Massachusetts Geography: The Land

Geography and Landforms of Massachusetts

Massachusetts Geography: Land RegionsFind an overview of Massachusetts geography, topography, geographic land regions, land areas, and major rivers.

Access Massachusetts almanac, furnishing more details on the state geography, geographical and land regions, climate and weather, elevation, land areas, bordering states, and other statistical data.

Massachusetts is 45th in size among the states. At its widest point, it is 190 miles from East to West and 50 miles from North to South.

Massachusetts has a coastline of 192 miles. Massachusetts' highest point, Mount Greylock, is found in the Berkshire Hills region, to the west of the Connecticut Valley Lowland. Mount Greylock is 3,491 feet above sea level. The 10-mile wide Berkshire Valley borders this area to the west.

Massachusetts Highest, Lowest, & Mean Elevations

Mean Elevation 500 ft.
Highest Point Mt. Greylock
3,487 ft.
Lowest Point Atlantic Ocean
Sea level

Massachusetts Land Area (Square Miles)

Geographic Center In the town of Rutland in Worcester County
Longitude: 72° 1.9'W
Latitude: 42° 20.4'N
Total Area 10,554.57 sq. mi.
Land Area 7,840.02 sq. mi.
Water Area 2,714.55 sq. mi.
Forested Land Area 65.1%
(Length - Width)
190 miles - 50 miles

Massachusetts: Physiographic Regions

The state can be divided into six land areas: 

Coastal Lowlands

The Coastal lowlands start in the east at the Atlantic Ocean and include the Elizabeth Islands, Martha's Vineyard, and Nantucket Islands. The landscape is characterized by rounded hills, swamps, small lakes and ponds, and short, shallow streams and rivers. Yesterday's Island.

Eastern New England Upland

This area spreads westward from the Coastal Lowlands forty to sixty miles, rising to about 1,000 feet above sea level and, then, gradually sloping downward in the west to meet the Connecticut Valley Lowland. The Eastern New England Upland actually extends from Maine to New Jersey and is considered an extended part of the White Mountains of New Hampshire.

Connecticut Valley Lowland

This area is a long, narrow land area that extends from northern Massachusetts to southern Connecticut. The Connecticut River runs through this area providing fertile soil for farming. In Massachusetts the Connecticut Valley Lowland is about 20 miles wide.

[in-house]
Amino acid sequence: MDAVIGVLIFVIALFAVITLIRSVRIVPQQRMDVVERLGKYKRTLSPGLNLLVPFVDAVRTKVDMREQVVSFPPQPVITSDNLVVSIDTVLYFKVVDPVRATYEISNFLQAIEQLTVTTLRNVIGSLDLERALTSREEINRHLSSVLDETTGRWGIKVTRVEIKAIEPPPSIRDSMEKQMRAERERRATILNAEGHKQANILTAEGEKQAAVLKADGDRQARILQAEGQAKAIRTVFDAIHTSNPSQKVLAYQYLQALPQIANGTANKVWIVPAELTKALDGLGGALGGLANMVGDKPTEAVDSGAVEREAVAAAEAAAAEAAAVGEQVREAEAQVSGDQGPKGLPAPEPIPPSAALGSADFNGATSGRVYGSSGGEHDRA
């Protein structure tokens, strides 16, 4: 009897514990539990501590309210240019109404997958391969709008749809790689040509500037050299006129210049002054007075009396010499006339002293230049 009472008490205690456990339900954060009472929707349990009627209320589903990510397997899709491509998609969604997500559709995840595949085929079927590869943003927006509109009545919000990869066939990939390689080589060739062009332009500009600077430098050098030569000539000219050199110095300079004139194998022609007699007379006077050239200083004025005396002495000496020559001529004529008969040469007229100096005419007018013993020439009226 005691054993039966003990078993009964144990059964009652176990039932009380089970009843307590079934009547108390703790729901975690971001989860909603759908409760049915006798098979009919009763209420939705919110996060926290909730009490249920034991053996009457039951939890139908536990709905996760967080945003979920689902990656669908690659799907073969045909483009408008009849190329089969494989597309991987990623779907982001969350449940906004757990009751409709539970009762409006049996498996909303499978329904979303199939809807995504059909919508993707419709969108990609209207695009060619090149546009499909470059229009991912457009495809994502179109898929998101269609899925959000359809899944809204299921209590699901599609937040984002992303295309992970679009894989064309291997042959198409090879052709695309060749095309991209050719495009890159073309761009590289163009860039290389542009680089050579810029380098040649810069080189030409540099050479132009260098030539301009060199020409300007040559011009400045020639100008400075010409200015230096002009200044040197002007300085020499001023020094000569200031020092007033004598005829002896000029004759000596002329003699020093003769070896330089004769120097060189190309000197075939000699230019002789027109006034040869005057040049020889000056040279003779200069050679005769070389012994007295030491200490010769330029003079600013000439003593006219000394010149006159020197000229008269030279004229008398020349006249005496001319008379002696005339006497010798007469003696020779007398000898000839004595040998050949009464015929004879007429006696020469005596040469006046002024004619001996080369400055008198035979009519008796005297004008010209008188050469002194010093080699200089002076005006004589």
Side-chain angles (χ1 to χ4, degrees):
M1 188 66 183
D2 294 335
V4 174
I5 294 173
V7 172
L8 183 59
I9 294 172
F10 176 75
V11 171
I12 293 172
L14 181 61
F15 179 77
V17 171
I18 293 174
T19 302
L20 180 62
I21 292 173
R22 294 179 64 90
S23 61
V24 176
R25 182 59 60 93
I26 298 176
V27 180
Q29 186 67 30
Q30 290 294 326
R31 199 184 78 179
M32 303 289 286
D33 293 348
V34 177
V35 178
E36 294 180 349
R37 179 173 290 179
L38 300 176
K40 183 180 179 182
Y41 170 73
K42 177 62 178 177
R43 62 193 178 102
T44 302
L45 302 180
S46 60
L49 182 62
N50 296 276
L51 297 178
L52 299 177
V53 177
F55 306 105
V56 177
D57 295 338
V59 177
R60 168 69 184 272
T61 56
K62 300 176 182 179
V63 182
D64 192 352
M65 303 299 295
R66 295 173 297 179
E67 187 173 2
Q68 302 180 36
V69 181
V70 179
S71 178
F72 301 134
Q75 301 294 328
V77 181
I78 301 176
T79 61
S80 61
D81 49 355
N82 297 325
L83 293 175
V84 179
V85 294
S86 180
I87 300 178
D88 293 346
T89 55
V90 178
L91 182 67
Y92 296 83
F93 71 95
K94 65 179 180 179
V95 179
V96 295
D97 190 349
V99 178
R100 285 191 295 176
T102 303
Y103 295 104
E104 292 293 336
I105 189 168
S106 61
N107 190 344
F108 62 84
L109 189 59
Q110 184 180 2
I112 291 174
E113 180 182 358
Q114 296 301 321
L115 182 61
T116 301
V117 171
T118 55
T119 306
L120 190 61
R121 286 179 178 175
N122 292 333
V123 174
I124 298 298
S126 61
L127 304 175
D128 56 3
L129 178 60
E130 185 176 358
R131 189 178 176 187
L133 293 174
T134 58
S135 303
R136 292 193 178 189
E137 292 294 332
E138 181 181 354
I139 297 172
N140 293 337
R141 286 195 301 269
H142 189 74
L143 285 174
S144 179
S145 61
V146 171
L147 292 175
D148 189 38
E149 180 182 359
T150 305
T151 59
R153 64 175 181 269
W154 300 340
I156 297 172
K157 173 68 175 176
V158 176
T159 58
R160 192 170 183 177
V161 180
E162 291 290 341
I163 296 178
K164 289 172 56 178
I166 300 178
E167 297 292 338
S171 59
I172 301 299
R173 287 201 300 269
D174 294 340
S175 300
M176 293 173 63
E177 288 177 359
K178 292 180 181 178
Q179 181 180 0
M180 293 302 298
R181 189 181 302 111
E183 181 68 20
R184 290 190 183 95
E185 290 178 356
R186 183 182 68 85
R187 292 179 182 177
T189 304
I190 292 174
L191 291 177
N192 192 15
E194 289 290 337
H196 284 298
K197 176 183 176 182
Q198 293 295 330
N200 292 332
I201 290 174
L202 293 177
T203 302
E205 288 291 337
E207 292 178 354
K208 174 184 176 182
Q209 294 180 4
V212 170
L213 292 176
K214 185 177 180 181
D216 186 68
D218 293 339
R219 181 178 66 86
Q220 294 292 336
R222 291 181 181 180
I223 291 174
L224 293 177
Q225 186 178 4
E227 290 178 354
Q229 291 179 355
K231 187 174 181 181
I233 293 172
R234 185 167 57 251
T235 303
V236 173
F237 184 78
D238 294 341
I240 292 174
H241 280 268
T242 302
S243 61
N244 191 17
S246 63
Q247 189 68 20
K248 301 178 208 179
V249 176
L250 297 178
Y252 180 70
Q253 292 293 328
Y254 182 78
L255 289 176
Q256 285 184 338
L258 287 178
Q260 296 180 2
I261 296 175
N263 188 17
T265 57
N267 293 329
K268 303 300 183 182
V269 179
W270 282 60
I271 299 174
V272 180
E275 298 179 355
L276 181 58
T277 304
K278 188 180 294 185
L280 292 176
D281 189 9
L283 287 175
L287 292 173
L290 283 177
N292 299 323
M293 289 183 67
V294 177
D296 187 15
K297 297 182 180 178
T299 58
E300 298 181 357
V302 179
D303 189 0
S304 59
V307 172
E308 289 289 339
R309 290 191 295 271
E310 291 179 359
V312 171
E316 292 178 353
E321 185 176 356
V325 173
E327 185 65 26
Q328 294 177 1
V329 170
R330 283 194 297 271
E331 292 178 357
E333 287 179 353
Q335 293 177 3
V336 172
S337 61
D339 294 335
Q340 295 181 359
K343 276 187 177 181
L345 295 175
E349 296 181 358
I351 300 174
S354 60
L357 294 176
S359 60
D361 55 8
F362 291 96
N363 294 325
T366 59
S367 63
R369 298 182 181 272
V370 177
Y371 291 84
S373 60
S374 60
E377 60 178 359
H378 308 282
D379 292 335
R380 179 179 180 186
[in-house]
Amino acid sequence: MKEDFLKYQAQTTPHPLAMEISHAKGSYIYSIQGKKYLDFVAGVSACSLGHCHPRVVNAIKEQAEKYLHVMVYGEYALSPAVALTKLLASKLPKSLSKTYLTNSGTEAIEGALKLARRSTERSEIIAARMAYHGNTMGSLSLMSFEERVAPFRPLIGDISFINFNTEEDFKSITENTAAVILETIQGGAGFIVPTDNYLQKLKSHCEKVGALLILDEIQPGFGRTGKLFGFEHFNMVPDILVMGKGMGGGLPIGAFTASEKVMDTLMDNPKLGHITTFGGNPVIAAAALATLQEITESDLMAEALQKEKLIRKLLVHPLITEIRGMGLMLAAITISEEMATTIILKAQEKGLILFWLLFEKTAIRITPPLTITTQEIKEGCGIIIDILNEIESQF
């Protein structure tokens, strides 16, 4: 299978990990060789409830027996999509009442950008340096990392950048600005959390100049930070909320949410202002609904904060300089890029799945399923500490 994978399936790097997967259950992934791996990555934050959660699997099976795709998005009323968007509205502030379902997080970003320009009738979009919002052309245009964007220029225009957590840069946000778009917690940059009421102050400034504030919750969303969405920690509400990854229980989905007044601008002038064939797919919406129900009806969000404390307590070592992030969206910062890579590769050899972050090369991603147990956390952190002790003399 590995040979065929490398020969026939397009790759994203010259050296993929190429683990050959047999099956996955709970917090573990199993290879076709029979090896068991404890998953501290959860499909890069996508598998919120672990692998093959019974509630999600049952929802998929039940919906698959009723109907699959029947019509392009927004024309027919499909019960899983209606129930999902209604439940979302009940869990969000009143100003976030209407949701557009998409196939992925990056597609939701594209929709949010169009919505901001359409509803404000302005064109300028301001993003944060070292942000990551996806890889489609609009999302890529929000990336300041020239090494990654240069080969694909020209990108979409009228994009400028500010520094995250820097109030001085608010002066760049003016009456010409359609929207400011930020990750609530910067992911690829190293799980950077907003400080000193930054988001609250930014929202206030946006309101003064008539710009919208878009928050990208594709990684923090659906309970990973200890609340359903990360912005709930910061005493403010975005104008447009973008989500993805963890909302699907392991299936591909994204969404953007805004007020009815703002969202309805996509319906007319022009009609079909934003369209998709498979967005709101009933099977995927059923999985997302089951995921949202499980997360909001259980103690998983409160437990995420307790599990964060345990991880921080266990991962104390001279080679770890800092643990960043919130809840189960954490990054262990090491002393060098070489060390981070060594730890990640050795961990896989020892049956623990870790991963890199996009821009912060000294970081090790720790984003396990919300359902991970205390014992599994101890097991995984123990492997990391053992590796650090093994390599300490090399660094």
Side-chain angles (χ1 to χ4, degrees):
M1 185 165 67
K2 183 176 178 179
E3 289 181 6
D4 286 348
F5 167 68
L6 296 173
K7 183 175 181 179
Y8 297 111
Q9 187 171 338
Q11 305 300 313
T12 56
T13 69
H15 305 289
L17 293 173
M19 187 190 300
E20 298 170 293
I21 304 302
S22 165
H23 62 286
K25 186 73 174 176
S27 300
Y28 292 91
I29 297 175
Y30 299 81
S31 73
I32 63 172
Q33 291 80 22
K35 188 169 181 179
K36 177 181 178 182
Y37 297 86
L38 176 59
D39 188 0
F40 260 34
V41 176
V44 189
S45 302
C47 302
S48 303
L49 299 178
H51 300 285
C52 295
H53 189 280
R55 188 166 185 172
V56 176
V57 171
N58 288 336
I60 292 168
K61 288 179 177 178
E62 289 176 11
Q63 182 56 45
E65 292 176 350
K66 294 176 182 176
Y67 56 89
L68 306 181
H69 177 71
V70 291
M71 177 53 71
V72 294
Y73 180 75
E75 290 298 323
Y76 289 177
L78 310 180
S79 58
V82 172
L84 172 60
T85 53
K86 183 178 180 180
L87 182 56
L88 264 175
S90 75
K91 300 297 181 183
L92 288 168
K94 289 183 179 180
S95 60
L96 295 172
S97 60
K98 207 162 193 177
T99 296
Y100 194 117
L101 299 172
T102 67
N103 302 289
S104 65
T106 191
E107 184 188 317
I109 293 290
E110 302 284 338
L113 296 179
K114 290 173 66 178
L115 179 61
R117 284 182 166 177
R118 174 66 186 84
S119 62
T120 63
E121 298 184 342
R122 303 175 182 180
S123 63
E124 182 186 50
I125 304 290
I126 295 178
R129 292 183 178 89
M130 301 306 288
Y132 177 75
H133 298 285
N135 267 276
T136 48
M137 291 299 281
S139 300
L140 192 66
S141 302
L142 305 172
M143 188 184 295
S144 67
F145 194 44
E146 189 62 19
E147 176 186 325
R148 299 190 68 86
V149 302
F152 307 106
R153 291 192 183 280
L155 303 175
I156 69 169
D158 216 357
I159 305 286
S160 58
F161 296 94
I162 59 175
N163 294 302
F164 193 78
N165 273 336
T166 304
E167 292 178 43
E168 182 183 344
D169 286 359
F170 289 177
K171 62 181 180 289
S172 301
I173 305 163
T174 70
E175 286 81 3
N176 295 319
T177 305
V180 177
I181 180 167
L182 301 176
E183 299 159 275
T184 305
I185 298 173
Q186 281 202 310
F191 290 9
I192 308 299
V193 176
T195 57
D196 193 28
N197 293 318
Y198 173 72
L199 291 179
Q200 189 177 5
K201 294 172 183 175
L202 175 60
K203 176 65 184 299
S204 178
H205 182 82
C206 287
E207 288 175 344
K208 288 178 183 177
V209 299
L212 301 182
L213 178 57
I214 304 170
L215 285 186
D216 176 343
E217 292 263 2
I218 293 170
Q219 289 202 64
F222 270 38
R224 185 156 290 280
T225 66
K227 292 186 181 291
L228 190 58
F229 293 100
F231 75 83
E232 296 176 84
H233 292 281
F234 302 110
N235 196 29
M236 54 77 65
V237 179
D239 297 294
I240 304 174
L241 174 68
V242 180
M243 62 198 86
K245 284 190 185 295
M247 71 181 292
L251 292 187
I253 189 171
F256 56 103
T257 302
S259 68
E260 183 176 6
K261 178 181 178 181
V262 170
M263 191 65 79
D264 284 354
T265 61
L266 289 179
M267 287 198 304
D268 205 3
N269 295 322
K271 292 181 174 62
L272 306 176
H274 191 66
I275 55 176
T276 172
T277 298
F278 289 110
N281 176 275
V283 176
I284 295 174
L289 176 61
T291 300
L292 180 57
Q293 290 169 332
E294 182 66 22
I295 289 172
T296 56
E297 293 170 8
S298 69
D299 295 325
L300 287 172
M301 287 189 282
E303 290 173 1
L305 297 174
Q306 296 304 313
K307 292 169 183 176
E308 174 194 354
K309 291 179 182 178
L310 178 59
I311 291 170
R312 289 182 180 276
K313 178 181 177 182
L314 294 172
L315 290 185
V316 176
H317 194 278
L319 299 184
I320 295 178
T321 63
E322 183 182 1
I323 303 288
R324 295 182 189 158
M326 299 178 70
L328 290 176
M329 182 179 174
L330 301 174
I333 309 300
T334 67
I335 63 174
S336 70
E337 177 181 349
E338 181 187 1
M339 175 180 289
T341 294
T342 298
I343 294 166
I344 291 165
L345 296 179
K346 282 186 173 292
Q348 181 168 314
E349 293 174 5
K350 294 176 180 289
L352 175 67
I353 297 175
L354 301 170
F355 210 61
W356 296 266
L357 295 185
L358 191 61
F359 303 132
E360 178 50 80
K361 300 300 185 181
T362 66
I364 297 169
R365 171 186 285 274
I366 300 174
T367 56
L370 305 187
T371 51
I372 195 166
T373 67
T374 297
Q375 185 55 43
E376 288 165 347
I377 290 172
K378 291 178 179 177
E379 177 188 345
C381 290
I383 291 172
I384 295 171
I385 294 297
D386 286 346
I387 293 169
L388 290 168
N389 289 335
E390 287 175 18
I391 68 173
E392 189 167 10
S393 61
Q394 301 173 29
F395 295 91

Western New England Upland

The land in this area rises in elevation from the Connecticut Valley to heights of over 2,000 feet above sea level. Twenty to thirty miles wide in Massachusetts, the Western New England Upland is home to the Berkshire Hills and Mount Greylock, the highest point in Massachusetts at 3,487 feet above sea level. This land area runs from Vermont through Massachusetts down into Connecticut and is an extension of the Green Mountains of Vermont.

Berkshire Valley

This area is to the west of the Western New England Upland. This narrow valley, less than ten miles wide, runs between the Berkshire Hills to the east and the Taconic Mountains to the west. The valley is covered with green meadowlands.

Taconic Mountains

It lies on the extreme western border of Massachusetts. Less than six miles wide, this narrow band of hills stretches from northwestern Massachusetts to the south rising upward to Mt. Everett 2,602 feet above sea level.

Massachusetts Landscape and Landforms:

Northern New England

The Northern New England physiographic area extends from southern Maine through southern New Hampshire and Vermont and western Massachusetts, barely entering eastern New York in the Taconic Highlands. Landforms within the planning unit include Vermont's Killington Peak at 1,290 m ranging down to sea level along the Maine coast. Most of the region consists of Rolling hills and small mountains with large areas of farmland of the Connecticut, Merrimac, Androscoggin, and Kennebec river valleys. The planning unit also contains a large portion of the Green Mountain National Forest in southern Vermont. A majority of the planning unit is dominated by either sugar maple-beech-birch forest, red spruce-balsam fir forest, mesic hardwood forests dominated by northern red oak, or drier forests dominated by oak-hickory or pine-oak association. Presettlement forests in much of the region consisted largely of white pine and hemlock, with hardwood forests dominating after timber removal and other disturbance. Today, agriculture remains an important land use, but forest harvesting too shapes the habitats throughout Northern New England. Human populations have grown tremendously in this area and development for single family housing especially in rural and suburban areas is especially important.

Southern New England

The Southern New England physiographic area covers parts of northern New Jersey, southern New York including Long Island, the majority of Connecticut, all of Rhode Island, most of eastern Massachusetts, the southeastern corner of New Hampshire, and south-coastal Maine. This area has experienced the greatest amount of urbanization of any part of the Northeast, including the entire Boston-to-New York City corridor. Urbanization and associated human activities severely threaten remaining high-priority habitats, especially maritime marshes and dunes, relict grasslands, and mature deciduous forests. Forest fragmentation, which is not a major issue in most parts of the Northeast, is a severe factor threatening forest bird populations. Currently, urban land covers roughly one-third of the physiographic area, with an additional 25 % of the region in agricultural production, primarily in the Connecticut River Valley, eastern Long Island, and northern New Jersey. Remaining forests are a mixture of oak-hickory and other hardwoods, white pine-red pine forest, and pine-oak woodlands or barrens.

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Geography is a field of science dedicated to the study of the lands, the features, the inhabitants, and the phenomena of the Earth.